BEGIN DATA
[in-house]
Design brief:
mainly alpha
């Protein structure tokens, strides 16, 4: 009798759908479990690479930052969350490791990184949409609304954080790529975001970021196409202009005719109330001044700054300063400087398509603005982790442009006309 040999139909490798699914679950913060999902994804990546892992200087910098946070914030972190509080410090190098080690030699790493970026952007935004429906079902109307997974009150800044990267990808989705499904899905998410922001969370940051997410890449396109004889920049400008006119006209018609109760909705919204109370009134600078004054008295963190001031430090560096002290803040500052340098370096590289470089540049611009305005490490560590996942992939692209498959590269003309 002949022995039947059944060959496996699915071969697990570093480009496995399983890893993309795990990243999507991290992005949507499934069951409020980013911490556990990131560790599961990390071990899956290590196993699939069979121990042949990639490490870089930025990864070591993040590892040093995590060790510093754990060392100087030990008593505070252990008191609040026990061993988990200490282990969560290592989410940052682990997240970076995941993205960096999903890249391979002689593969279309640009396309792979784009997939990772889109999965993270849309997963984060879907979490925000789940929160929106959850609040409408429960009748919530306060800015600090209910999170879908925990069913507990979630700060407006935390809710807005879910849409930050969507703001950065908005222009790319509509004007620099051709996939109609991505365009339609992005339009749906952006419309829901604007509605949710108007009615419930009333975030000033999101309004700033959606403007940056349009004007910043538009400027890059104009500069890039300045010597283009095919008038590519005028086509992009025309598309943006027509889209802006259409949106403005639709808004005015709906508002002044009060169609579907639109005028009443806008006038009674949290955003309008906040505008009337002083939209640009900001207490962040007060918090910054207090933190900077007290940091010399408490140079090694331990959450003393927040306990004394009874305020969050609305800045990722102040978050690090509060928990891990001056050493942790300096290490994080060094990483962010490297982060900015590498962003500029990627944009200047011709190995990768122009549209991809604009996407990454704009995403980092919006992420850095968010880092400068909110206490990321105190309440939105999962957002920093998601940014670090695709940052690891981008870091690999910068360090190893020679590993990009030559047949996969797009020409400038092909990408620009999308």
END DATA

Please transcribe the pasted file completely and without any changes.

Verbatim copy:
[in-house]
Design brief:
mainly alpha
């Protein structure tokens, strides 16, 4: 009798759908479990690479930052969350490791990184949409609304954080790529975001970021196409202009005719109330001044700054300063400087398509603005982790442009006309 040999139909490798699914679950913060999902994804990546892992200087910098946070914030972190509080410090190098080690030699790493970026952007935004429906079902109307997974009150800044990267990808989705499904899905998410922001969370940051997410890449396109004889920049400008006119006209018609109760909705919204109370009134600078004054008295963190001031430090560096002290803040500052340098370096590289470089540049611009305005490490560590996942992939692209498959590269003309 002949022995039947059944060959496996699915071969697990570093480009496995399983890893993309795990990243999507991290992005949507499934069951409020980013911490556990990131560790599961990390071990899956290590196993699939069979121990042949990639490490870089930025990864070591993040590892040093995590060790510093754990060392100087030990008593505070252990008191609040026990061993988990200490282990969560290592989410940052682990997240970076995941993205960096999903890249391979002689593969279309640009396309792979784009997939990772889109999965993270849309997963984060879907979490925000789940929160929106959850609040409408429960009748919530306060800015600090209910999170879908925990069913507990979630700060407006935390809710807005879910849409930050969507703001950065908005222009790319509509004007620099051709996939109609991505365009339609992005339009749906952006419309829901604007509605949710108007009615419930009333975030000033999101309004700033959606403007940056349009004007910043538009400027890059104009500069890039300045010597283009095919008038590519005028086509992009025309598309943006027509889209802006259409949106403005639709808004005015709906508002002044009060169609579907639109005028009443806008006038009674949290955003309008906040505008009337002083939209640009900001207490962040007060918090910054207090933190900077007290940091010399408490140079090694331990959450003393927040306990004394009874305020969050609305800045990722102040978050690090509060928990891990001056050493942790300096290490994080060094990483962010490297982060900015590498962003500029990627944009200047011709190995990768122009549209991809604009996407990454704009995403980092919006992420850095968010880092400068909110206490990321105190309440939105999962957002920093998601940014670090695709940052690891981008870091690999910068360090190893020679590993990009030559047949996969797009020409400038092909990408620009999308």